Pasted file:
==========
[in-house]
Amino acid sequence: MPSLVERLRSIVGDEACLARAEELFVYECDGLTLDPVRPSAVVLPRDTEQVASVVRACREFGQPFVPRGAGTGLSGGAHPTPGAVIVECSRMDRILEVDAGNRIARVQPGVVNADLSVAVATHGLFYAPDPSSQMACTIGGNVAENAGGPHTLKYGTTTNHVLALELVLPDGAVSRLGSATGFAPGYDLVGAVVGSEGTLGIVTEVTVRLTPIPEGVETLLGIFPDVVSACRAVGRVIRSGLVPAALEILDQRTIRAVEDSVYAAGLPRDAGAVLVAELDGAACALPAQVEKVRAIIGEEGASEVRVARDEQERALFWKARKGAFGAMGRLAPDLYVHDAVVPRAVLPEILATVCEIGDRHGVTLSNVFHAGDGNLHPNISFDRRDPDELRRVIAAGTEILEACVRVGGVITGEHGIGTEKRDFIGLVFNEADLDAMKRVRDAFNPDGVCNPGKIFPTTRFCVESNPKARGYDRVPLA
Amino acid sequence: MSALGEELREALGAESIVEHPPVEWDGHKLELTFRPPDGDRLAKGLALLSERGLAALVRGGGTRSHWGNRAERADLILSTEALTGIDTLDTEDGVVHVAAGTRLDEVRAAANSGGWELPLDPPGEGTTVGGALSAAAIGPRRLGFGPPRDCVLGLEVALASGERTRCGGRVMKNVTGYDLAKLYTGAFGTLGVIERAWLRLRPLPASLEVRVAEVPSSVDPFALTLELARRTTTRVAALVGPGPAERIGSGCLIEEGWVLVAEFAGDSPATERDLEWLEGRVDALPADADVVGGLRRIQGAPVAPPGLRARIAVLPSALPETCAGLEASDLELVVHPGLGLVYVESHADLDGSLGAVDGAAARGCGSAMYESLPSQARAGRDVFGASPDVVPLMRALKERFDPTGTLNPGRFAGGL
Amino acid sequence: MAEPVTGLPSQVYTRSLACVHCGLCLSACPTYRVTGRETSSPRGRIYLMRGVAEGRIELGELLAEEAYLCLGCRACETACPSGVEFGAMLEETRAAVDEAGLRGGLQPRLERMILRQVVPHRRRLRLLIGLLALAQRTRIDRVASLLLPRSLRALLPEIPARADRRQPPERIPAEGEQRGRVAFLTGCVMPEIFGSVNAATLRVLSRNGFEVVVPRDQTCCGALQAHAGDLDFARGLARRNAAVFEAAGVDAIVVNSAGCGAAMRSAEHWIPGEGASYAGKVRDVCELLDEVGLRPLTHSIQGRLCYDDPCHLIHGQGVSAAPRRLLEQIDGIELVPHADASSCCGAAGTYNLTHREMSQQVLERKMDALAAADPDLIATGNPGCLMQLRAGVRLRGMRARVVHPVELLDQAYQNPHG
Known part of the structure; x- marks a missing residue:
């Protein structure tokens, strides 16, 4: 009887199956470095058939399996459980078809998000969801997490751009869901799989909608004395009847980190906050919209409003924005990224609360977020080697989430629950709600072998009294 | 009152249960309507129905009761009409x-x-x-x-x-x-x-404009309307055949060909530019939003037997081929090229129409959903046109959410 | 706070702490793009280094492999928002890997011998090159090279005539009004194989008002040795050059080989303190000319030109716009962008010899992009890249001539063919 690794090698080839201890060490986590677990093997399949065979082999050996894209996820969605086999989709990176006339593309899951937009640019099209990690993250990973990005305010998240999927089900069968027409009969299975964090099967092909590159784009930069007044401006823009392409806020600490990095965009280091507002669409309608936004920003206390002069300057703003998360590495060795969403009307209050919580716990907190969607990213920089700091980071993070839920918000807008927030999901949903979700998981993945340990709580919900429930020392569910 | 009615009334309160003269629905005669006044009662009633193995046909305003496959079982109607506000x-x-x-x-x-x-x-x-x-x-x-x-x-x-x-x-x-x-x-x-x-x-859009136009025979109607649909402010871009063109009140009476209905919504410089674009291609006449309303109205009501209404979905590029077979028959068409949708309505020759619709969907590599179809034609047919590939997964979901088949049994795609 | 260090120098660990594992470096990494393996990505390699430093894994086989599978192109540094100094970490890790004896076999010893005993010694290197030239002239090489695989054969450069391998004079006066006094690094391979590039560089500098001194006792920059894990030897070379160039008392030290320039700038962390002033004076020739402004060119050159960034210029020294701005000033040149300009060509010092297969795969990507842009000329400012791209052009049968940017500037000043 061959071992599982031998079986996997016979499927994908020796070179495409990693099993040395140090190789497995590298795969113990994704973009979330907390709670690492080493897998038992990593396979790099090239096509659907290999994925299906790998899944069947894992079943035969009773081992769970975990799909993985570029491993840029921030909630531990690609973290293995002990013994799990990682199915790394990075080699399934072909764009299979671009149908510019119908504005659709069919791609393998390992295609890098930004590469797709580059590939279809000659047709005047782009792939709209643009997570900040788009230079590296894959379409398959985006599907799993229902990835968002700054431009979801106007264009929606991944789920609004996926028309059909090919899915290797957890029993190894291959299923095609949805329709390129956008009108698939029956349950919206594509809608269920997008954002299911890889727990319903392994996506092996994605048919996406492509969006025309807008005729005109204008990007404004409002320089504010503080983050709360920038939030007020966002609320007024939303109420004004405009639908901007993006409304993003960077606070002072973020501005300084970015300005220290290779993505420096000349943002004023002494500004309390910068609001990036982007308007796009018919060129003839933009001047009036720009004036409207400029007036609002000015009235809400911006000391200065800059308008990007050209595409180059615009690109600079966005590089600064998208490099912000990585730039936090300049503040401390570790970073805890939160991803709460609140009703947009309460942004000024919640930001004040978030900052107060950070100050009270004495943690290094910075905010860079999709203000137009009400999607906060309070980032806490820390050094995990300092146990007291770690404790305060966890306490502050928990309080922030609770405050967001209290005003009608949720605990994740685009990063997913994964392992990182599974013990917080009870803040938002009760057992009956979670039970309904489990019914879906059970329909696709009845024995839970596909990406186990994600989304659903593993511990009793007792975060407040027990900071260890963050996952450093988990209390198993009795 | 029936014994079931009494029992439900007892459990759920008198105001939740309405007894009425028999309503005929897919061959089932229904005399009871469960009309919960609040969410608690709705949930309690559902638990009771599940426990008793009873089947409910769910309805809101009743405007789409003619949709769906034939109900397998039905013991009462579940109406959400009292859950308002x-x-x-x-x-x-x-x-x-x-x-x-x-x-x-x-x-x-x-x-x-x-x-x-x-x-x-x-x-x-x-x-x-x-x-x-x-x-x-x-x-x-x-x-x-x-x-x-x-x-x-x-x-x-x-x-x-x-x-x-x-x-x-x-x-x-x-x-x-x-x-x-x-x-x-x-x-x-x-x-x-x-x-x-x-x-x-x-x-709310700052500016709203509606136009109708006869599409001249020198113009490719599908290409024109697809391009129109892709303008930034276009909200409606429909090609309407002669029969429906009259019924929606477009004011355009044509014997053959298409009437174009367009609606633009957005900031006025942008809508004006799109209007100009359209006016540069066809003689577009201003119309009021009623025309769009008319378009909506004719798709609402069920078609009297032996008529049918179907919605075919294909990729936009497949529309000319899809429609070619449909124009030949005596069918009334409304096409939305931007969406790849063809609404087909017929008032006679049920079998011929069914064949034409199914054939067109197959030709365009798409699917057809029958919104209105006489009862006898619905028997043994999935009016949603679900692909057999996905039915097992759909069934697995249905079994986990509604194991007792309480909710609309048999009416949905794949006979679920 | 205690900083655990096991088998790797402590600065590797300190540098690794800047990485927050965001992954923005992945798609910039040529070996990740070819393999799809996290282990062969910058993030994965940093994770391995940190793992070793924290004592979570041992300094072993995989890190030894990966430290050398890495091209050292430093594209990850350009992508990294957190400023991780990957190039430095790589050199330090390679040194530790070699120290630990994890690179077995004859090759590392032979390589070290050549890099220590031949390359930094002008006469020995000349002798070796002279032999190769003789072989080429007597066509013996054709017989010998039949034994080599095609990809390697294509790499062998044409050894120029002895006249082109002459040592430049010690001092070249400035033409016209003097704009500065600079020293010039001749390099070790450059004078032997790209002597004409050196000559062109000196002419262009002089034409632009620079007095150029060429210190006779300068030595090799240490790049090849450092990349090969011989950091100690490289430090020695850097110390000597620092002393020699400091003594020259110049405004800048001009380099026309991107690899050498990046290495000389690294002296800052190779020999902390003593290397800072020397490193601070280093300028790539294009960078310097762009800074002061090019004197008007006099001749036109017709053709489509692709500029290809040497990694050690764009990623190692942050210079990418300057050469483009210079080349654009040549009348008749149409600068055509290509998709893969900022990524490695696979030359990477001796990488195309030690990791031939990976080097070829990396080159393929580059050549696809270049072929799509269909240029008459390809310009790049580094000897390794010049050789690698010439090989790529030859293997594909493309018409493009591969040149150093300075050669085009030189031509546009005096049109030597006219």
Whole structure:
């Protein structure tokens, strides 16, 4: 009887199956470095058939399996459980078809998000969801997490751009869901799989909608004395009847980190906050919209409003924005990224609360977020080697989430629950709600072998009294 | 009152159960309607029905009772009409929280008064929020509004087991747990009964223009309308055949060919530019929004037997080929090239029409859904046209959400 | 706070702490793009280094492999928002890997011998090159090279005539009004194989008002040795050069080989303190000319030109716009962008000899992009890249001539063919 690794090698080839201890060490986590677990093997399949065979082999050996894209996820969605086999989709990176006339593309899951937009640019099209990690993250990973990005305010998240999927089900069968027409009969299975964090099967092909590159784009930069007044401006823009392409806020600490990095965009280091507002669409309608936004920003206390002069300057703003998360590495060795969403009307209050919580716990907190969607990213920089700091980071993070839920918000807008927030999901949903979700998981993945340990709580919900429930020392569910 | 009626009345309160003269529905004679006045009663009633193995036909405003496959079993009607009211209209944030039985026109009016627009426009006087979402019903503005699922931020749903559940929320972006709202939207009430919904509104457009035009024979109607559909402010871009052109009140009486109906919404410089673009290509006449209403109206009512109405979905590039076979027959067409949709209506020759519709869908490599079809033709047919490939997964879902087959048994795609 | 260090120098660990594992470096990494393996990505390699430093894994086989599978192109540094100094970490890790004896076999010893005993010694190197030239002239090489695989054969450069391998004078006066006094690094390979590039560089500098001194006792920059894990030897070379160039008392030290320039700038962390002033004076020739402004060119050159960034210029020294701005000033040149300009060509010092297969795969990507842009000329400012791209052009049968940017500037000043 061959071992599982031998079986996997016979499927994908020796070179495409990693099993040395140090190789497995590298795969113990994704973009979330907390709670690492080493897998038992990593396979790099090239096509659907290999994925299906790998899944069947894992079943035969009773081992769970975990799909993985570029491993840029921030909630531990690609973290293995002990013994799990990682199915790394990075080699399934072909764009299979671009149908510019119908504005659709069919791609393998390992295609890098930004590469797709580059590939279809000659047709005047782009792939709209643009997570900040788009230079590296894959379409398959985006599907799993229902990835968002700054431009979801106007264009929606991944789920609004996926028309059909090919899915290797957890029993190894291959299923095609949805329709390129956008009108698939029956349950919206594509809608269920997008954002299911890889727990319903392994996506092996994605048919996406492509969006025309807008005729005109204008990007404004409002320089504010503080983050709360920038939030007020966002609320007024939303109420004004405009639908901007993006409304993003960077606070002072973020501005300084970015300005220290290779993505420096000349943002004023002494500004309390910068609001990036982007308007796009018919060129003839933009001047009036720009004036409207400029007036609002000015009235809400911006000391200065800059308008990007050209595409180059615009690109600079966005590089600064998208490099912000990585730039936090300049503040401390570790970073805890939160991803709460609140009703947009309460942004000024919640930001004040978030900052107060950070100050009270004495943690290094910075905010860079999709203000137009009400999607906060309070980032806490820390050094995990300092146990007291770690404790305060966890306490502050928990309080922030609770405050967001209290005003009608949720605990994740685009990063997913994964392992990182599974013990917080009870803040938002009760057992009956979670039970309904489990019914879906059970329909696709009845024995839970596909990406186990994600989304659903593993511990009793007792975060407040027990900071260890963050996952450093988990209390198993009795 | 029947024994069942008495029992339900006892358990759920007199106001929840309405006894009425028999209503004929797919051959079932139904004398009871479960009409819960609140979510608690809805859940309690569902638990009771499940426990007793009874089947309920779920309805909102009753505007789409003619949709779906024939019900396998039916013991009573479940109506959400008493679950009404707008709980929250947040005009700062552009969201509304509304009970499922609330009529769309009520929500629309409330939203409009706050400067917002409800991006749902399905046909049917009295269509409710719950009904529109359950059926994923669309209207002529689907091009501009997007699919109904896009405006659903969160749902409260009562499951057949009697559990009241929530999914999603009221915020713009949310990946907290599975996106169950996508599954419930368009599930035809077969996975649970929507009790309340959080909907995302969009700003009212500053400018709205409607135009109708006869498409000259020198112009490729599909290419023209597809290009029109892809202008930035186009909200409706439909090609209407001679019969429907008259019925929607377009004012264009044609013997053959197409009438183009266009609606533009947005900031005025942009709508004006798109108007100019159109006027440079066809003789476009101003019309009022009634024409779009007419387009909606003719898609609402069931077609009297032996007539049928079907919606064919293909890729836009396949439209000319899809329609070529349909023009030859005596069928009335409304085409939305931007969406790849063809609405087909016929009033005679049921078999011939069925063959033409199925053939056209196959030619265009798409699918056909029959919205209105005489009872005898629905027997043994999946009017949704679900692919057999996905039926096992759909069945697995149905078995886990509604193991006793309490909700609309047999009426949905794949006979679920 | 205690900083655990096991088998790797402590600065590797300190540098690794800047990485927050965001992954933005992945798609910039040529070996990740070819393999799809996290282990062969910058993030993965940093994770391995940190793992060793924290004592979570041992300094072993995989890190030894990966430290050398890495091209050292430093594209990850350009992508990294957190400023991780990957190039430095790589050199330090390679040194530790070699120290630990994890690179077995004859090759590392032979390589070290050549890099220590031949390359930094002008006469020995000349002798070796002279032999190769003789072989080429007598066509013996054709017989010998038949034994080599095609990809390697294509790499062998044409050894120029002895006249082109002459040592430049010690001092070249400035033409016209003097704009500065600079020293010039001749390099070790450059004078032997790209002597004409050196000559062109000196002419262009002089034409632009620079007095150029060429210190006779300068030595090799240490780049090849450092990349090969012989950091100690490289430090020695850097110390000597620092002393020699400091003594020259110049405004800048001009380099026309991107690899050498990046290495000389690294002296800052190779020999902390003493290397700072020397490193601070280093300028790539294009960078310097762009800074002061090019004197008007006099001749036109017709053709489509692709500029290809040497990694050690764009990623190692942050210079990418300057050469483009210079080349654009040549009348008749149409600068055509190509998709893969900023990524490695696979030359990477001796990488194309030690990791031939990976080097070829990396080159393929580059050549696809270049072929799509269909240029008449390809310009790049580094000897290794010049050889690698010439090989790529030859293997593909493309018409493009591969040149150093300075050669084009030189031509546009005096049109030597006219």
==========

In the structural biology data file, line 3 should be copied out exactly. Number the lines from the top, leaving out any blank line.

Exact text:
Amino acid sequence: MSALGEELREALGAESIVEHPPVEWDGHKLELTFRPPDGDRLAKGLALLSERGLAALVRGGGTRSHWGNRAERADLILSTEALTGIDTLDTEDGVVHVAAGTRLDEVRAAANSGGWELPLDPPGEGTTVGGALSAAAIGPRRLGFGPPRDCVLGLEVALASGERTRCGGRVMKNVTGYDLAKLYTGAFGTLGVIERAWLRLRPLPASLEVRVAEVPSSVDPFALTLELARRTTTRVAALVGPGPAERIGSGCLIEEGWVLVAEFAGDSPATERDLEWLEGRVDALPADADVVGGLRRIQGAPVAPPGLRARIAVLPSALPETCAGLEASDLELVVHPGLGLVYVESHADLDGSLGAVDGAAARGCGSAMYESLPSQARAGRDVFGASPDVVPLMRALKERFDPTGTLNPGRFAGGL